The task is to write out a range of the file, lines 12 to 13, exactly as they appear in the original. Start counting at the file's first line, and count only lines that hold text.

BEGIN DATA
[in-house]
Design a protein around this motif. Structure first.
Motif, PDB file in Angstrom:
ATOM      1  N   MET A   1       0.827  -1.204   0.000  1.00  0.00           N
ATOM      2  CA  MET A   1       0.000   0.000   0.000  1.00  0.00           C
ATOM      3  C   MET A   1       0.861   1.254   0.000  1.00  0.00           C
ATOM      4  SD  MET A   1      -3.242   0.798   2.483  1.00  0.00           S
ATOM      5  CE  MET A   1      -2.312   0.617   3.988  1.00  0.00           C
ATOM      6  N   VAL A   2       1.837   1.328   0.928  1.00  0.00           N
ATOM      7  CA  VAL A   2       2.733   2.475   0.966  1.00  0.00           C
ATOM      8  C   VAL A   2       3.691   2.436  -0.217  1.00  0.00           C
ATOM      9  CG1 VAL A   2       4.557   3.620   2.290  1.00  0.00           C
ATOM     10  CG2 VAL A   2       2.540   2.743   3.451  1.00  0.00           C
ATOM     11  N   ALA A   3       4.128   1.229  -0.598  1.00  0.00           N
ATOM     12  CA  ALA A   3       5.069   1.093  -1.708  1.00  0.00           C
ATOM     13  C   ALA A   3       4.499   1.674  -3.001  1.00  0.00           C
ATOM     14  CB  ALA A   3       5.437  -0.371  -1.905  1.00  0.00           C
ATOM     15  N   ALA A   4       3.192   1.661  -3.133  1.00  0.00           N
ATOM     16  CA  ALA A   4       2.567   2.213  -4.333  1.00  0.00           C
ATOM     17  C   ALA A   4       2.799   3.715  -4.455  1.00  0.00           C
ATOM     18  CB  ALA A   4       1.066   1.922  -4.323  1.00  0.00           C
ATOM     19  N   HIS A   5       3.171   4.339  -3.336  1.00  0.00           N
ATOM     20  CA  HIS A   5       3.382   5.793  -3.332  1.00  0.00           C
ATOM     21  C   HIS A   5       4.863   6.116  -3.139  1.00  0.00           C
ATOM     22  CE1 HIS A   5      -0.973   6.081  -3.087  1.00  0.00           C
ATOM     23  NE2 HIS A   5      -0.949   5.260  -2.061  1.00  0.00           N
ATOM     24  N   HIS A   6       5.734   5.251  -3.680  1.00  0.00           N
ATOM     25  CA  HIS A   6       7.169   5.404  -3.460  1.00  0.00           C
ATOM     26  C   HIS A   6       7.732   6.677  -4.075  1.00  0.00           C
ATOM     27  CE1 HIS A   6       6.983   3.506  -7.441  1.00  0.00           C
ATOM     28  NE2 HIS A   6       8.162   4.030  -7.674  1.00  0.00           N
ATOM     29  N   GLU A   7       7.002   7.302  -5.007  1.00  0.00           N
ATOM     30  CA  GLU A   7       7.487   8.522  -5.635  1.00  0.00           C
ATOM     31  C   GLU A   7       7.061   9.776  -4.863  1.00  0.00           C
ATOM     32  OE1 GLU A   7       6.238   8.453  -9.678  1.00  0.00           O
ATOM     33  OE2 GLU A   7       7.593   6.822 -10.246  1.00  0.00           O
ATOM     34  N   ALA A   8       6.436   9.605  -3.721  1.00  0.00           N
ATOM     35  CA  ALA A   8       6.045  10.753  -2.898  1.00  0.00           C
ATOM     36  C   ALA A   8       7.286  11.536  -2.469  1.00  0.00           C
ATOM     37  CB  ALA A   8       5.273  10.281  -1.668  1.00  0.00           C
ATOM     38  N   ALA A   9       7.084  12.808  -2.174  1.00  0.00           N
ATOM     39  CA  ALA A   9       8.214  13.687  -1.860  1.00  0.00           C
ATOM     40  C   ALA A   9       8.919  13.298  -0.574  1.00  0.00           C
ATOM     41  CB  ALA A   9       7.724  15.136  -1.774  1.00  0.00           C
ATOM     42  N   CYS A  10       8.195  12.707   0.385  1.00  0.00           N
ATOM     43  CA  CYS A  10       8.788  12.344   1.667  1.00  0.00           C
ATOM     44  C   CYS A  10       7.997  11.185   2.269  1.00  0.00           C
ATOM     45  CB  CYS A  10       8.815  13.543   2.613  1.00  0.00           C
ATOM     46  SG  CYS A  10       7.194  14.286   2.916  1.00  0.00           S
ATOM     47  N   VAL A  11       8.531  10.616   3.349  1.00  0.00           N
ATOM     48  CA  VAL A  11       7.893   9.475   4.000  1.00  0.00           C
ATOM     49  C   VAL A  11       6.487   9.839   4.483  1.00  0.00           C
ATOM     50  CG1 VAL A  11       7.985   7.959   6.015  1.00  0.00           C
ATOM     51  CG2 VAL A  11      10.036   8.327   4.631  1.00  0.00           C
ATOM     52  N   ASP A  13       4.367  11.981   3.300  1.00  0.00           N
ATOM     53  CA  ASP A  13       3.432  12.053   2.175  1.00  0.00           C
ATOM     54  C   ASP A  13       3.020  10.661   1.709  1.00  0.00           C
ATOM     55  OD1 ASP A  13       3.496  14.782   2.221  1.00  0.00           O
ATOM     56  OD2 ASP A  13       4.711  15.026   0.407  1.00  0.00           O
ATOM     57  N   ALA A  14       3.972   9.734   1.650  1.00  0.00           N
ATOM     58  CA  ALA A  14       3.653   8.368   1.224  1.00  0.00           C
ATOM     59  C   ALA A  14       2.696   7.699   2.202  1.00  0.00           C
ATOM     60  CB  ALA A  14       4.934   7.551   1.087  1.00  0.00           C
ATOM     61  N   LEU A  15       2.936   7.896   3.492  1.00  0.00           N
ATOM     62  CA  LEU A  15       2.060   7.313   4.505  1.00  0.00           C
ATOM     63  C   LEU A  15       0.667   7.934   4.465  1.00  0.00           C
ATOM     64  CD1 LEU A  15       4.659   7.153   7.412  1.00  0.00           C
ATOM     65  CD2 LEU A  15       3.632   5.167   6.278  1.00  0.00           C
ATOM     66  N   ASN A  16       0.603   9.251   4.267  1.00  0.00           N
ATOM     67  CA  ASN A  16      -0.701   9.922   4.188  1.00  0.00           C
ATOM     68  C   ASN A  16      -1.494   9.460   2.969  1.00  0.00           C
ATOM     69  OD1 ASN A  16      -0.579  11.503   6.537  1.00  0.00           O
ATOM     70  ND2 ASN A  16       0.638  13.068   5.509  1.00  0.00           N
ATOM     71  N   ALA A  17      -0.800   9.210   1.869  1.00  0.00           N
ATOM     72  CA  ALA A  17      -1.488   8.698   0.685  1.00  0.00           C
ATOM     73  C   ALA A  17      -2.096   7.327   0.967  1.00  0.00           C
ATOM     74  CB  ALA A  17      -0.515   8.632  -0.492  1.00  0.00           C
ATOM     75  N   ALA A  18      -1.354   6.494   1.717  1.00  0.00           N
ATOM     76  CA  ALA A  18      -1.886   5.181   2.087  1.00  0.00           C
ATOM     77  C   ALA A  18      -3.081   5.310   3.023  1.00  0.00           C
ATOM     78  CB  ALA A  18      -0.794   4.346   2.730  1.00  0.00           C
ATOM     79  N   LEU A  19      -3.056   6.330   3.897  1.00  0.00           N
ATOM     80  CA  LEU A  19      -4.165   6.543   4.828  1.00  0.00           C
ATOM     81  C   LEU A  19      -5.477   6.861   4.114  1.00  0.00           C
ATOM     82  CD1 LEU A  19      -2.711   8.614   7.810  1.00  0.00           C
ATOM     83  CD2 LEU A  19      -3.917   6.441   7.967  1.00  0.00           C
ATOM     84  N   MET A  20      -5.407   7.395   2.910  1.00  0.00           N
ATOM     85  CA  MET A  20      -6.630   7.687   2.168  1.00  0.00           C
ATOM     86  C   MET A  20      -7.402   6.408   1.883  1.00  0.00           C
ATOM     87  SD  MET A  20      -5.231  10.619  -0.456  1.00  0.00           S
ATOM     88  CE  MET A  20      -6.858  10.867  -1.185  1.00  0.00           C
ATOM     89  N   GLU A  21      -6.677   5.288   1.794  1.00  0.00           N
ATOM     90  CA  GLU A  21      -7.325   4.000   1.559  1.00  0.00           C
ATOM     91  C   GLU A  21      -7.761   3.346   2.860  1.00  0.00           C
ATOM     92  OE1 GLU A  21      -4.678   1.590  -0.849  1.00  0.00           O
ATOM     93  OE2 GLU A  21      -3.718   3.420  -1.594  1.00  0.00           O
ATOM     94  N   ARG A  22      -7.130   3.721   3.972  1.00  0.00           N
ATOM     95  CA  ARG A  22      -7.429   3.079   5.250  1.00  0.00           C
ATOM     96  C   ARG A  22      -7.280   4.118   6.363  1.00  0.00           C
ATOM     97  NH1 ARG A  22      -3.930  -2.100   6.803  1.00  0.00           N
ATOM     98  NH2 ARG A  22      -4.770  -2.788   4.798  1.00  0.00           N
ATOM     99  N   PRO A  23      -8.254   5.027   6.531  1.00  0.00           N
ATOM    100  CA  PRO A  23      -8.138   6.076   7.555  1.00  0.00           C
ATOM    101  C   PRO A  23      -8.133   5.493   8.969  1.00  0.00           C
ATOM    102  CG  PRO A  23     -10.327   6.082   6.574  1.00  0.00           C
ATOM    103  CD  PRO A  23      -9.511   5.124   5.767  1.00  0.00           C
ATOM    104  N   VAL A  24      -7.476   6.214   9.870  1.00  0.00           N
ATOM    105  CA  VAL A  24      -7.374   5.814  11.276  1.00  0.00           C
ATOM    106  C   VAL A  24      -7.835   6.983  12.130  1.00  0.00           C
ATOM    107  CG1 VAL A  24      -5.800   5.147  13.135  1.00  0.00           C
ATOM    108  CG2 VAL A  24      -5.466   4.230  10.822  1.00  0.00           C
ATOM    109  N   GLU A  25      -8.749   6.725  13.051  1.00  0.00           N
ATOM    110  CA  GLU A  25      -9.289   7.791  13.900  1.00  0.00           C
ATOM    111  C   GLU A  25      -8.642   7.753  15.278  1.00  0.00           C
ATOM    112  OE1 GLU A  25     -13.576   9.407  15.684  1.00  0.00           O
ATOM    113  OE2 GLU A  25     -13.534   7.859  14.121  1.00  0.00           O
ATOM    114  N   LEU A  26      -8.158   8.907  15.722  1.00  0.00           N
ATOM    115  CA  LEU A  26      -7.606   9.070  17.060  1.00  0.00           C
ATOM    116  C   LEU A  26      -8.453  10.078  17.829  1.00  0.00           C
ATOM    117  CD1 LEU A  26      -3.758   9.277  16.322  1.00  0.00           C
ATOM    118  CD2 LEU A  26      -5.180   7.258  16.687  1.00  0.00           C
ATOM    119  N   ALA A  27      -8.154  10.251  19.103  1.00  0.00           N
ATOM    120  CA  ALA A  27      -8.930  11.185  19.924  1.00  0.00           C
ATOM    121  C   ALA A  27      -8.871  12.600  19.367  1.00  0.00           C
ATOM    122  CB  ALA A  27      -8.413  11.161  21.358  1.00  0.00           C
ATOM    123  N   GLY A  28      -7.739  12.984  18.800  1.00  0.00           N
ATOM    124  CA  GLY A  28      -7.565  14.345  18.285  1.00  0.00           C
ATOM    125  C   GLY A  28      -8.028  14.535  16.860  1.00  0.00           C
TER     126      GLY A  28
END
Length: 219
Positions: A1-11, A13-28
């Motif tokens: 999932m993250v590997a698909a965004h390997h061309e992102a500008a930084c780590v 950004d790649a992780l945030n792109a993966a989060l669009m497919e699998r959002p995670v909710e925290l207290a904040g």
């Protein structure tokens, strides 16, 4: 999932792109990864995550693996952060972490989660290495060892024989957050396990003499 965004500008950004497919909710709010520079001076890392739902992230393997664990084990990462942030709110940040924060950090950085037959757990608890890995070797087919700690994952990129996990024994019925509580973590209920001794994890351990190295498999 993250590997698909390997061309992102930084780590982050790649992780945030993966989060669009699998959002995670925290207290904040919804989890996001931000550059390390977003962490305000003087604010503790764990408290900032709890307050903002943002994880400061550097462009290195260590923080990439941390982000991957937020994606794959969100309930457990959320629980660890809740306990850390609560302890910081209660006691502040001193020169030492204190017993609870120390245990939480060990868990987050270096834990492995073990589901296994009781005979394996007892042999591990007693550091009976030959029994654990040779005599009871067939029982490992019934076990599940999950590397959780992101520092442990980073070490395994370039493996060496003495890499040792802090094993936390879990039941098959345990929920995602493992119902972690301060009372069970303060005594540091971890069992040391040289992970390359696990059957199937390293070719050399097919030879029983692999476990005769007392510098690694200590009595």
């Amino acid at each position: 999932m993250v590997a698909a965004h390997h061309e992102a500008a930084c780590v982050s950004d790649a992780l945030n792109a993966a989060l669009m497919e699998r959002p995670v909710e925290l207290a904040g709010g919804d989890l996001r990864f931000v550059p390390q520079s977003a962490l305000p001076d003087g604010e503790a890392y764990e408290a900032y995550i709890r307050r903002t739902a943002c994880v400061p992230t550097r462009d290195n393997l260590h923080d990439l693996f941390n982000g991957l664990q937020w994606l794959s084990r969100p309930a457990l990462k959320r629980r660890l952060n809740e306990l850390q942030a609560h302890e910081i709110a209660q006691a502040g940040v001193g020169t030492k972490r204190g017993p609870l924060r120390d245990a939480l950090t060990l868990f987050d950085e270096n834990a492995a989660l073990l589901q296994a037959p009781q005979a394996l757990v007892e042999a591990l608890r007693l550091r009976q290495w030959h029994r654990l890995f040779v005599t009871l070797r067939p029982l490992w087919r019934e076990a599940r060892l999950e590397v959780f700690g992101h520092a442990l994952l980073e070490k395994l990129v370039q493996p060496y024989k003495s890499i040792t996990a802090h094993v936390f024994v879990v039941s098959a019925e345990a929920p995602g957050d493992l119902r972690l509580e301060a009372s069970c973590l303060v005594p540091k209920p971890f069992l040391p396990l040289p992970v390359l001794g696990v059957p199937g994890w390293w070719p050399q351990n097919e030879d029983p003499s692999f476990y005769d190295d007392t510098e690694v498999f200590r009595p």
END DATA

ATOM      9  CG1 VAL A   2       4.557   3.620   2.290  1.00  0.00           C
ATOM     10  CG2 VAL A   2       2.540   2.743   3.451  1.00  0.00           C